tire and wheel assemblies are running straight and true. Proper
alignment is necessary for even
tread wear and precise steering. Uneven front or rear tire wear, or
changes in your vehicle's handling or steering can indicate
The cost of keeping your tires
balanced and your vehicle properly aligned will more than pay for itself
in tire mileage, performance and comfort.
REGULAR ROTATION The weight of a vehicle is not evenly distributed to all four tires. Therefore, regular rotation is necessary to maintain even
tread wear and get the most out of your tires.
There are several methods of
rotation. For all-season tires and most vehicles on the road, tires from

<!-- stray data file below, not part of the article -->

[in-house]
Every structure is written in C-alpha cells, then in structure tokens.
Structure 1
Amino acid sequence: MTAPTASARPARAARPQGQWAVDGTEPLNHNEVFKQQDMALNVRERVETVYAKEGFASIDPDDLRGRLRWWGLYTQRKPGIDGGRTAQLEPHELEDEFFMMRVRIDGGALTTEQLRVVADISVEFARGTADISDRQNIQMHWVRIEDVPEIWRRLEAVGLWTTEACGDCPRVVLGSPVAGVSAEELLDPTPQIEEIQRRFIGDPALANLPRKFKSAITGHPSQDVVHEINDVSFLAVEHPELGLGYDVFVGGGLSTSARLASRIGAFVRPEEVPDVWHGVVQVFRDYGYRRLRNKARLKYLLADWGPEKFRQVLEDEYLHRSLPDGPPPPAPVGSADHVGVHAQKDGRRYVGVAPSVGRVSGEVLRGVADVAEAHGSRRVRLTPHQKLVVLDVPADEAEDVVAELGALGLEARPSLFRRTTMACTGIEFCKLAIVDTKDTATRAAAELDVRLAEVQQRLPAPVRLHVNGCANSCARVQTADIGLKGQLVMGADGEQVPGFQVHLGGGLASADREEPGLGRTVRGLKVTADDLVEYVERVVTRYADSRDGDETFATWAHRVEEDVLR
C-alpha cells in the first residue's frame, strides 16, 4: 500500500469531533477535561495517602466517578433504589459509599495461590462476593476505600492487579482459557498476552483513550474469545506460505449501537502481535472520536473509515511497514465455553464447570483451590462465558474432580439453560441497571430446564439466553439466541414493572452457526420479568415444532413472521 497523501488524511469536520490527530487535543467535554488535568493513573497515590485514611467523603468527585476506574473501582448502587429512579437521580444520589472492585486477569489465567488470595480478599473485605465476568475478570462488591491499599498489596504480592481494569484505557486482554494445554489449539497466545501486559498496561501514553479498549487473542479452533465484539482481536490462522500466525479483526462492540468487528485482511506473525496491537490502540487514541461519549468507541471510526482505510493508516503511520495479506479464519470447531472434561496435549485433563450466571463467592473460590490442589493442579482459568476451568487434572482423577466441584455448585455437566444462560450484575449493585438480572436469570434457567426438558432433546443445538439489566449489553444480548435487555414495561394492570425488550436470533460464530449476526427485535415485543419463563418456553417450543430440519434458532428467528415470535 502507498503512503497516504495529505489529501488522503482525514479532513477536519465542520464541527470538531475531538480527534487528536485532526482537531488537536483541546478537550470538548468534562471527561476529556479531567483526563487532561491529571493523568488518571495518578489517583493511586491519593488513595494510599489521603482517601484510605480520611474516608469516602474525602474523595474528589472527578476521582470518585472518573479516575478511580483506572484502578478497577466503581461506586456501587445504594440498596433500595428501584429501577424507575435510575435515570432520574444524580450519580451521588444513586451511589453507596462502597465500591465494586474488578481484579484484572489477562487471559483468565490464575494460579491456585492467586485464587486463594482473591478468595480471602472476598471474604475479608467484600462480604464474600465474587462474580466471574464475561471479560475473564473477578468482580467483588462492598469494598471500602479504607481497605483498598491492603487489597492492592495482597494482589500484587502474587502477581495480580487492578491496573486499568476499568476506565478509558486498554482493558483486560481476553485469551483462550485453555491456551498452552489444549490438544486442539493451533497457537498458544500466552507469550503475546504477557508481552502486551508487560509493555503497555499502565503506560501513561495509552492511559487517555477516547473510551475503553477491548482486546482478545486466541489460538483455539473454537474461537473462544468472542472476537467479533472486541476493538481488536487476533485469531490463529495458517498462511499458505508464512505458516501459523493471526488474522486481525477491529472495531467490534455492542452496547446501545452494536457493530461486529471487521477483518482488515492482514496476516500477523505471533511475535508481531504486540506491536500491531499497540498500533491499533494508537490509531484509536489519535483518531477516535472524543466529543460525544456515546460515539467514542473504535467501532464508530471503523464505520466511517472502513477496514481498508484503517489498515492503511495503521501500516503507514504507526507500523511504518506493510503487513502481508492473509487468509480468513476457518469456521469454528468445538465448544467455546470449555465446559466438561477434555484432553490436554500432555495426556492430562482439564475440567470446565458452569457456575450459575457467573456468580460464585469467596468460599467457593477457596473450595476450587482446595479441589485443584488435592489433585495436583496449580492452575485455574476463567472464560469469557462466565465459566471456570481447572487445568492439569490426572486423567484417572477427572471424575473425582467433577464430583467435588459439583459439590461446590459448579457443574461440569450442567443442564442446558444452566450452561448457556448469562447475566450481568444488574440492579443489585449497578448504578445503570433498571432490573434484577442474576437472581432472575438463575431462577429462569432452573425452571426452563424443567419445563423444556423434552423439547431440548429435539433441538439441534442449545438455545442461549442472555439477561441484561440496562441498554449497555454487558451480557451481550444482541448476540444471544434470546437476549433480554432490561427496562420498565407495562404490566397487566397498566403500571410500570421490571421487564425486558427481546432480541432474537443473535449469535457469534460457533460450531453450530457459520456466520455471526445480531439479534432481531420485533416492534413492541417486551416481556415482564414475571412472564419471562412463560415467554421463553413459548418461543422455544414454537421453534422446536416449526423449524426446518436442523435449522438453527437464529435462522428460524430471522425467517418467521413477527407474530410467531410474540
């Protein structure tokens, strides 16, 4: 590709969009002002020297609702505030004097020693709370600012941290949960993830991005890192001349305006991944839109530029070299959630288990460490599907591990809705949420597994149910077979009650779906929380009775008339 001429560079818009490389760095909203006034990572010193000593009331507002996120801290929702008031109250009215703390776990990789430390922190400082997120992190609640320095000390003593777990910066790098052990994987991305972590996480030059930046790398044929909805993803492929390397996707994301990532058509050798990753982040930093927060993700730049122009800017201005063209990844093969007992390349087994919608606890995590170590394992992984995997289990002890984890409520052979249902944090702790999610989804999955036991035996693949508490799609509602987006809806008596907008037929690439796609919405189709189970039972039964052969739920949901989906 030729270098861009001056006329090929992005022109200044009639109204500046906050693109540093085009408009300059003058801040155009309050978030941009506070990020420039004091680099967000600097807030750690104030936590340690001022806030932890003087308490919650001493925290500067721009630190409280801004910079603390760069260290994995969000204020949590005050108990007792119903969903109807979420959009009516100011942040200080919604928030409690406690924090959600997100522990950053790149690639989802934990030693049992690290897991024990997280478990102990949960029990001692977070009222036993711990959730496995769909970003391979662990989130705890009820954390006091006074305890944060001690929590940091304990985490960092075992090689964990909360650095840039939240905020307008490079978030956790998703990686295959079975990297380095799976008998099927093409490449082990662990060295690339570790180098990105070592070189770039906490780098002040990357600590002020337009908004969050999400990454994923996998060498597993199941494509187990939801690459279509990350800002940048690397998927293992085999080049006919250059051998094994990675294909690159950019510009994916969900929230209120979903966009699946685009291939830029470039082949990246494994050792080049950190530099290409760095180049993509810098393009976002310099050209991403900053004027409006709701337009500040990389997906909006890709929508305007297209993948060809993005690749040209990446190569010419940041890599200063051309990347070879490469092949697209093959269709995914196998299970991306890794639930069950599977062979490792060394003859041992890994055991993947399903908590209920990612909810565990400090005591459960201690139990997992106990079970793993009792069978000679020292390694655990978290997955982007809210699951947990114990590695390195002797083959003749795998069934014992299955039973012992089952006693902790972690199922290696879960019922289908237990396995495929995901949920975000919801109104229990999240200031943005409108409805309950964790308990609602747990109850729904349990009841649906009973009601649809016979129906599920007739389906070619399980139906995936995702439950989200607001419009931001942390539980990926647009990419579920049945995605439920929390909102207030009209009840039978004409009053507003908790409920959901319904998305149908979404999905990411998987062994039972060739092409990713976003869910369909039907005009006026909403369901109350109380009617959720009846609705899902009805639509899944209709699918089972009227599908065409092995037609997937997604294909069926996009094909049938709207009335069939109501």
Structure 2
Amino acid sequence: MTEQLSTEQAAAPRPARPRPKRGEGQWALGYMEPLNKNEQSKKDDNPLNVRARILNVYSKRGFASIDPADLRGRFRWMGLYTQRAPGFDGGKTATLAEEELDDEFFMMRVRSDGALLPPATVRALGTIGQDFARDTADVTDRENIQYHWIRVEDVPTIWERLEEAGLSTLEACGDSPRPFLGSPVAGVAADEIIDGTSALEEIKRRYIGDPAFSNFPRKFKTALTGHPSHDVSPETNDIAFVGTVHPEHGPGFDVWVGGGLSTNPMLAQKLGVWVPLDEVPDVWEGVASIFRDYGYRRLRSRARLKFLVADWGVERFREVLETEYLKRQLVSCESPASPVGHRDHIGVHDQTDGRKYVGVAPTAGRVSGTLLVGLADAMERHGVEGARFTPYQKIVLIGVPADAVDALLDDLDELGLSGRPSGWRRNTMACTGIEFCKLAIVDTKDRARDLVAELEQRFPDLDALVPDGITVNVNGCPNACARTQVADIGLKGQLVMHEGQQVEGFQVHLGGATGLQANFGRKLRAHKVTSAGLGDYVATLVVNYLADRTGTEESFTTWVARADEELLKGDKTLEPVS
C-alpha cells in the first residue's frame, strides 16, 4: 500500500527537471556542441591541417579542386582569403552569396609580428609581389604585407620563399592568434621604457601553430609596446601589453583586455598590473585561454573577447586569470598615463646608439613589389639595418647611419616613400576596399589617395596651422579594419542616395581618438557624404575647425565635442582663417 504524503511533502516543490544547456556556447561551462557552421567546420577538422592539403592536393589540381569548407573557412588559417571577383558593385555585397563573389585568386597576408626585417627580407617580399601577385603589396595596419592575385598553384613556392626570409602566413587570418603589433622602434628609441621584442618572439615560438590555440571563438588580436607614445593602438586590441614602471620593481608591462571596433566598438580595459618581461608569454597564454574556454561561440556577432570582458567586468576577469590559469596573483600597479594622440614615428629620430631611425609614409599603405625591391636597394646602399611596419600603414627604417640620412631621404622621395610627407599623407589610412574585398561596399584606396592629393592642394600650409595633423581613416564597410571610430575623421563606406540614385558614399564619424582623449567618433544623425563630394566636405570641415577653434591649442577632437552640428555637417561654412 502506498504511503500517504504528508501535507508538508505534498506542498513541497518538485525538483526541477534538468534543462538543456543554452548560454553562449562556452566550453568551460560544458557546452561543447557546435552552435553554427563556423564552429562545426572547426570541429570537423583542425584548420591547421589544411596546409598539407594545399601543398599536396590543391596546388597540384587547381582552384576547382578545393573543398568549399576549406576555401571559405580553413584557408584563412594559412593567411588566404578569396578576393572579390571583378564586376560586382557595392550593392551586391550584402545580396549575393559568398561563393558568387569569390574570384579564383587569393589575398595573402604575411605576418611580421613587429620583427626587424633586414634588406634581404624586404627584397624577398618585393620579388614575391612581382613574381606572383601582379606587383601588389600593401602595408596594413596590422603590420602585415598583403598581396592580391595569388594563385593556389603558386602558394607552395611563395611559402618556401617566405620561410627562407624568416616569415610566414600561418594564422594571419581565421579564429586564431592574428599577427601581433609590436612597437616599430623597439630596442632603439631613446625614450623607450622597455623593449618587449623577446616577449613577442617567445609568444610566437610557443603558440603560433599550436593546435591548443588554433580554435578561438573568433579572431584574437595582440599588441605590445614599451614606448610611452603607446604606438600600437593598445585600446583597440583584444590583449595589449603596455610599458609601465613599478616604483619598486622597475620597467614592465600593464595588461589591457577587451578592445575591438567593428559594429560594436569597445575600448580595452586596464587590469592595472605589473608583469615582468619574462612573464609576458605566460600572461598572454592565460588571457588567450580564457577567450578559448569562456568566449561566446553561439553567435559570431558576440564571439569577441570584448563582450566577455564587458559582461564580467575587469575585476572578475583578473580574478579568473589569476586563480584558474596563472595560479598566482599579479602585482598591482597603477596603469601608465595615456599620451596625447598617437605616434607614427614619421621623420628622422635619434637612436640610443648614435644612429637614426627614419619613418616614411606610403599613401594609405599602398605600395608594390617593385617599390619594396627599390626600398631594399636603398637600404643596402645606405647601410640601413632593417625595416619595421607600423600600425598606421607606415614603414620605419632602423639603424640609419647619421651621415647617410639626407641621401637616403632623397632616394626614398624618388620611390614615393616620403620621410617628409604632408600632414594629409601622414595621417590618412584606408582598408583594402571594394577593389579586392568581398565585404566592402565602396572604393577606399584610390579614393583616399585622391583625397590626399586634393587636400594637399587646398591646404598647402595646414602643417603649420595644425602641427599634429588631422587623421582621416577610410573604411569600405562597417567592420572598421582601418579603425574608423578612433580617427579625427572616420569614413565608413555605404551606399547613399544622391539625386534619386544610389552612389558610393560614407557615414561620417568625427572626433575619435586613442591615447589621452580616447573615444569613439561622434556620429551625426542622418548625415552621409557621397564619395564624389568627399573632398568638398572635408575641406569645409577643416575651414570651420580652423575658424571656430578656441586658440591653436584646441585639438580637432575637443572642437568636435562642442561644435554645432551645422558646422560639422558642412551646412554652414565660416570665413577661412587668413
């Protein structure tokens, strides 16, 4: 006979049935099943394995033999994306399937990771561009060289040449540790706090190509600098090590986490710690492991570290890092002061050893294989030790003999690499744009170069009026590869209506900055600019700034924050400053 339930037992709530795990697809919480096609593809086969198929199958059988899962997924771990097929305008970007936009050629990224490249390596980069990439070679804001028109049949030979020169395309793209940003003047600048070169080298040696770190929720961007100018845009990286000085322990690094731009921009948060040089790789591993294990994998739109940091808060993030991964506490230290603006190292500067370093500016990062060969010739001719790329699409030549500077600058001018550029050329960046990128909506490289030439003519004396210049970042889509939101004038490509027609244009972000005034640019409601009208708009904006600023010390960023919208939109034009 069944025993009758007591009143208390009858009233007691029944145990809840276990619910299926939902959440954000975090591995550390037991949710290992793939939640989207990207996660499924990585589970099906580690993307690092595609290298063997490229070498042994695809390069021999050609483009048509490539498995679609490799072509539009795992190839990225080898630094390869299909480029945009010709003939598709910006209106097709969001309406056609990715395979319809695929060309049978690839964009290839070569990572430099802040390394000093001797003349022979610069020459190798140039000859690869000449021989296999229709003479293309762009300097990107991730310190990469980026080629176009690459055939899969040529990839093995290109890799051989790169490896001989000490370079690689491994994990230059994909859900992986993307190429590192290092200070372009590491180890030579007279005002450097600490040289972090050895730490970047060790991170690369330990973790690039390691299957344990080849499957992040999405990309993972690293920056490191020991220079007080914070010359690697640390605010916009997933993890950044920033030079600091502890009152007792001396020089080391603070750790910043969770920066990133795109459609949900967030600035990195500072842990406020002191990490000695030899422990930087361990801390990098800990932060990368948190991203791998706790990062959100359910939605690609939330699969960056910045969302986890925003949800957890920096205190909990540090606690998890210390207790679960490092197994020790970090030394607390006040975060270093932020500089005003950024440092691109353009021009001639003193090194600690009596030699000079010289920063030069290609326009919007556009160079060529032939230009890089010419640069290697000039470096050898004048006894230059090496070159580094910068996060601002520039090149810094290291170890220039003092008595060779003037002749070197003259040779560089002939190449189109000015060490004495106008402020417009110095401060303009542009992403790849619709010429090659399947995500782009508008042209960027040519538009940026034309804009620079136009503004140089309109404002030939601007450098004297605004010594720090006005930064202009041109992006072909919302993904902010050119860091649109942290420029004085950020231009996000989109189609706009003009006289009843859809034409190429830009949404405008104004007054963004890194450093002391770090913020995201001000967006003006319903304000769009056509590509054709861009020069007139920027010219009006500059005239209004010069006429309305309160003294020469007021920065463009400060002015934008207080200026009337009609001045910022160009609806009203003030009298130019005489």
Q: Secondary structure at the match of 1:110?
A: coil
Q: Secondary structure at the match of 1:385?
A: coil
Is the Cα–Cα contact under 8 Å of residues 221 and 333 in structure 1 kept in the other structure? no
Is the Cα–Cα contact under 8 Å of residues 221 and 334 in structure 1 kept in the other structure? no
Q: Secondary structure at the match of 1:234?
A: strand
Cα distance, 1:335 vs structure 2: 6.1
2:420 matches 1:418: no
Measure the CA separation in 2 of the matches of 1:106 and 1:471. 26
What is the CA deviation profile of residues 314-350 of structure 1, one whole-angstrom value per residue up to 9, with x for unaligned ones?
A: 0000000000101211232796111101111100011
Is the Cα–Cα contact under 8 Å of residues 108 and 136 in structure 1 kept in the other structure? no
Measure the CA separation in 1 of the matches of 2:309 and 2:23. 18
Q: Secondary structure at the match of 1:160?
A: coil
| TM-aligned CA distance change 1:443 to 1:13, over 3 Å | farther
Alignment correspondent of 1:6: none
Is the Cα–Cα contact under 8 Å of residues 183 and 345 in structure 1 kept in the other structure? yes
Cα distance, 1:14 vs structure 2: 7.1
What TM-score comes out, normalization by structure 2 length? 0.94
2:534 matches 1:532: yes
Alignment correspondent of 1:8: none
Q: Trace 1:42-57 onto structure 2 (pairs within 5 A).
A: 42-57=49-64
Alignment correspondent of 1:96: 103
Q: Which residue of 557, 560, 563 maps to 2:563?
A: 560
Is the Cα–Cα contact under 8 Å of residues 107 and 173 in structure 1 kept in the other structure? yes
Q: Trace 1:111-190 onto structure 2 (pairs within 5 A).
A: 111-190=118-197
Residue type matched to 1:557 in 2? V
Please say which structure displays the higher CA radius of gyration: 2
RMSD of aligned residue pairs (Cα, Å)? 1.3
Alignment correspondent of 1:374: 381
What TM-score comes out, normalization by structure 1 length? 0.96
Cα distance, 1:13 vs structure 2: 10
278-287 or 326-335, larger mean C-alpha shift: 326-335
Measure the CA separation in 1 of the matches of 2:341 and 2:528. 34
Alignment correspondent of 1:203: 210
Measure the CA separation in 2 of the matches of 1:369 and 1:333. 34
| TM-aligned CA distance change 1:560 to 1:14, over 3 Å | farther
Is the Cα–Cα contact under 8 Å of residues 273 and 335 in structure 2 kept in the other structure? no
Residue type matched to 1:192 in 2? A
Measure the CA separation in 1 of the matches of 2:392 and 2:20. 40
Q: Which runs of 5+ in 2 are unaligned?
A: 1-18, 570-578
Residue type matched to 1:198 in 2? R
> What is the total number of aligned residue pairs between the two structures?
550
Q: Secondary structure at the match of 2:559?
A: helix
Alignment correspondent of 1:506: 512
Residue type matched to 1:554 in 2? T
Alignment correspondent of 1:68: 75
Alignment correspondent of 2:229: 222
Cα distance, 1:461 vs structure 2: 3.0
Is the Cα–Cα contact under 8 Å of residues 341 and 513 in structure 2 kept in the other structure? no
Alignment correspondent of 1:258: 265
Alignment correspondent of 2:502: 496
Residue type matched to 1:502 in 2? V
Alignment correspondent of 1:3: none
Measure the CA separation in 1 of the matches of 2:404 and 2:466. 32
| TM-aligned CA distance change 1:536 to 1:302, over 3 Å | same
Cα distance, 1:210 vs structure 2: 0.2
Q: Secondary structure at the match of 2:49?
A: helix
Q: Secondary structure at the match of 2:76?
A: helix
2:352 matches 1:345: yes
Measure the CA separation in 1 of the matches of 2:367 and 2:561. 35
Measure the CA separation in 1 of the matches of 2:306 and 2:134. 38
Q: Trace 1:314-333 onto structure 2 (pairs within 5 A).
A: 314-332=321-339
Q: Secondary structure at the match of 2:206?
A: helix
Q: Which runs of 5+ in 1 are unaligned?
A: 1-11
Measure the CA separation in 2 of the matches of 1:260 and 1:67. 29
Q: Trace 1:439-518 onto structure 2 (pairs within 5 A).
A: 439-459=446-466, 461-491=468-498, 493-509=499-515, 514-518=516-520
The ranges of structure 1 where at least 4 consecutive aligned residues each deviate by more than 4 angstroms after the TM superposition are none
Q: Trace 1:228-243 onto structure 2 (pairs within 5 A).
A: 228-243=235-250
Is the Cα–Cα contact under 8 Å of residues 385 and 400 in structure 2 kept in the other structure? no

the rear axle are moved to the drive axle and crossed to opposite sides
of the vehicle. The tires from the drive axle are moved to the rear,
but remain on the same sides. This is known as the ?modified X? pattern.
Tires with ?directional? design are
rotated differently. In this case, all tires remain on the same side of
the vehicle and are rotated straight forward and straight back. For
four-wheel drive vehicles, it is recommended to switch all four tires,
both from side-to-side and in axle position.
Check your owner's manual for the
manufacturer's rotation recommendations. If no rotation period is
specified, tires should be adjusted every 6,000-8,000 miles. Four-wheel
drive vehicles may require rotation as soon as every 4,000 miles. The
first rotation of your tires is the most important, and remember to
adjust inflation pressures to the vehicle manufacturer's recommendations
after every rotation.
VISUAL INSPECTION Often,
discovering potential problems for your tires is as simple as giving
them a good visual once-over. The next time you check your air pressure,